A benefit of selling vintage and antiques, he says, is that the stores don't have to rely on local shoppers. One customer of Back Porch Vintage drove 17 hours from out-of-state just to pick up a cabinet.
Among the thoughtfully displayed objects and Marine City collectibles that decorate Back Porch Antiques
, there's a nice surprise that immediately makes you feel like a kid again. Back Porch Antiques has a little area called The Candy Jar, a general store set-up specializing in nostalgic candy that is set in glass jars and sold by the quarter pound. Ahee opened it after the party store neighboring him closed, and local children lost their candy spot.
BPA interesting item:
About a year ago, Ahee bought a $40,000-$50,000 collection of advertising stoneware that quickly sold. He has seen some furniture items he has sold at museums.
Everything Classic Antiques
315 Huron Ave., Port Huron
Sunday, Noon-6 p.m.; Monday-Thursday, 10 a.m.-6 p.m.; Friday-Saturday, 10 a.m.-8 p.m.
Everything Classic Antiques offers plenty of pieces to add the perfect touch.
Are you looking to decorate your loft? This place has everything you could imagine and more. The late 1800s building was once a J. C. Penney, so longtime employee Sherrie Demeniuk says, "It's like a vintage department store now."
It hosts booths from 53 vendors and consignments from about 600 people. Demeniuk estimates that there are at least a million items to shop for, like paintings, ceramics, glassware, appliances, and furniture. Although most is old, she says there is a mix of old and new.
Customers spend hours perusing thousands of square feet, and they will soon be able to enjoy a resale clothing space in the basement, which is slated for April.
opened in July 2012 right in the middle of downtown Port Huron. They see a 50/50 mix of locals and out-of-towners, many from neighboring Canada.
"When you go north into The Thumb, you'll find the small shops, so we're kind of a gateway for the Thumb," Demeniuk says. "People come here and then ask where else they can go once they're up here."
EC interesting item:
Demeniuk also has a summertime shop in Croswell, about an hour away from ECA, called Manor House Vintage Boutique.
Marine City Antique Mall
105 Fairbanks St., Marine City
Sunday, 1-5 p.m.; Closed Monday; Tuesday- Saturday, 10 a.m.-5 p.m.
For a very authentic antique experience, taking it back to the roots, head to Marine City Antique Mall.
The shop started in theLooking to change up your dining space? Shops like Marine City Antique Mall offer dining sets like this.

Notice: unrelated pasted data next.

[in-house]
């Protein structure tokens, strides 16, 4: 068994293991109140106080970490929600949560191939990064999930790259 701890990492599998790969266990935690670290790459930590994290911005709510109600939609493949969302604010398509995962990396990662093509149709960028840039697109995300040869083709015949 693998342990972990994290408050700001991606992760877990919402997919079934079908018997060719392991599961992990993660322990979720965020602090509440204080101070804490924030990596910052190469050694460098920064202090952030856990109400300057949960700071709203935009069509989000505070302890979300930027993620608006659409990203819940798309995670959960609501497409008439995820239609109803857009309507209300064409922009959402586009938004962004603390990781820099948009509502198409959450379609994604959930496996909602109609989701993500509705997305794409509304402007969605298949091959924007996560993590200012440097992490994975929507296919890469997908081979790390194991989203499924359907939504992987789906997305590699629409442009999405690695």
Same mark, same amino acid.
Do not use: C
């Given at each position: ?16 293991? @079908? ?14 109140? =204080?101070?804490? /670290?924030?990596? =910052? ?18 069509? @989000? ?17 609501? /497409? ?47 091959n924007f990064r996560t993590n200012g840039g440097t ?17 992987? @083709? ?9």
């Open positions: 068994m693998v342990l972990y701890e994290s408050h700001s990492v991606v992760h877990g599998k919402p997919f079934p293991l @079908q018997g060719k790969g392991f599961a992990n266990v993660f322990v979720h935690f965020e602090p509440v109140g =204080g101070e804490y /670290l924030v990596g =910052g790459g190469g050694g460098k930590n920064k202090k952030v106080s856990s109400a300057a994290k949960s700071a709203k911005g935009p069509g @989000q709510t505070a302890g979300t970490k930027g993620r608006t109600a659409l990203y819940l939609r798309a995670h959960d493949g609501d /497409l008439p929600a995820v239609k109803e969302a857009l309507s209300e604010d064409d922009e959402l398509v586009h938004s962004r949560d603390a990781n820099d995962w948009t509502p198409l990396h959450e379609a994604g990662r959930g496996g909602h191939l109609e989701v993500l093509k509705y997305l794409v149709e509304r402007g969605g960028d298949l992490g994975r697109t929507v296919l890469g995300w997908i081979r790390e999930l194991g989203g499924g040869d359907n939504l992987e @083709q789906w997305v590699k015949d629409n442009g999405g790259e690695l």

1970s under a different name and is now owned by one of the original vendors, George Kunnath, with help from manager Donna Eddington.
Marine City residents may remember when it was called Jan's Antiques and Jim's Too just a few years ago.
Stop by and browse through three floors with 16 vendors while 1940s music sets the tone in the background. Kunnath insists MCAM isn't a flea market or gift shop, so you'll be surrounded by antiques and collectibles.
He says most of the items selling right now are smaller collectibles, things that are easy to carry. Although furniture doesn't sell quite as much as it used to, Kunnath says it doesn't get better than well-built antique furniture.
He is on the hunt for a hutch himself, something he hopes to pay $400-$500 for. He says he would pay over $1,000 more than that at a commercial chain for a much lower quality piece.
"Some of these (antique pieces of furniture), even the chests, you need two people to lift because they're made of heavy oak or another sturdy material," Kunnath says.
The high volume of antique shops draws out-of-towners to Marine City. It has become a hub for those who spend their time buying and selling.
"In Marine City, they're looking for antiques or collectibles, and they come here where there are a dozen shops (approximately) instead of just finding one off on the side of the road," Kunnath says. "People say they come here because there's a lot of choice, a lot of variety."
MCAM interesting item:
Kunnath's barber chair from around the 1940s. The brown chair has a swinging seat off to the side where the barber could sit, a piece across the top so kids can sit, and a razor strap hanging off of one end.
Red Barn Vintage Market
4950 King Rd., East China
Sunday, Noon-5 p.m.; Monday-Saturday, 11 a.m.-5:30 p.m.
Also has a booth at Grand Trunk Marketplace
Red Barn Vintage Market
is different than the other selected stores. The barn between Marine City and Port Huron is not an antique store or mall, but it has plenty of antiques.
Want to remember the good old days of typewriters? You might be able to find one at Red Barn Vintage Market
Owner Robert Ring is a picker who goes to estate buyouts, barn cleanups, and farm auctions. What he finds there, he sells at RBVM as architectural salvage with help from his wife, Conni.
"We're not a higher end store. We're more or less a fun place to go kick back and dig through bins. You can touch everything we sell," owner Robert Ring says.
He sells a huge variety of items, a good mix of country and industrial, from car parts to farm windows (over 150 of them), lighting to older tools and vintage hardware.
Although it is open to the public, this spot is more of a wholesale place where other stores pick up their items.
Ring has seen an increase in artists and DIYers stopping in over the last few years, too, and he encourages people to turn what they buy into something else and post it on Friends of the Red Barn Vintage Market.
"Some vendors do not like the idea of repainting something older. If you buy something from me, I don't care what you do with it. I hope you have fun with it!" Ring says, noting that he understands why some owners do not feel the same way.
He claims Flea Market Flip and Joanna Gaines are the inspiration for many of his customers searching for a shabby-chic look. They make headboards, jewelry holders, picture frames, blanket ladders, and more with the help of Pinterest.
Ring buys in bulk in order to sell cheaper. A few weeks ago, Ring got a call about wooden doors at a house in St. Clair, but he ended up with three truckloads of items. That sums up Ring's genuine passion, even after starting RBVM over 10 years ago.
He excitedly talks about the enjoyment he gets out of the challenge of finding items. Somebody will say there's junk in a corner of an estate, but he'll discover treasures buried underneath it.
"To me, the fun is when you take the boxes back to the barn and get a chance to go through them. It's like Christmas every day," Ring says.
RBVM interesting item:Macomb Daily/Oakland Press newspaper boxes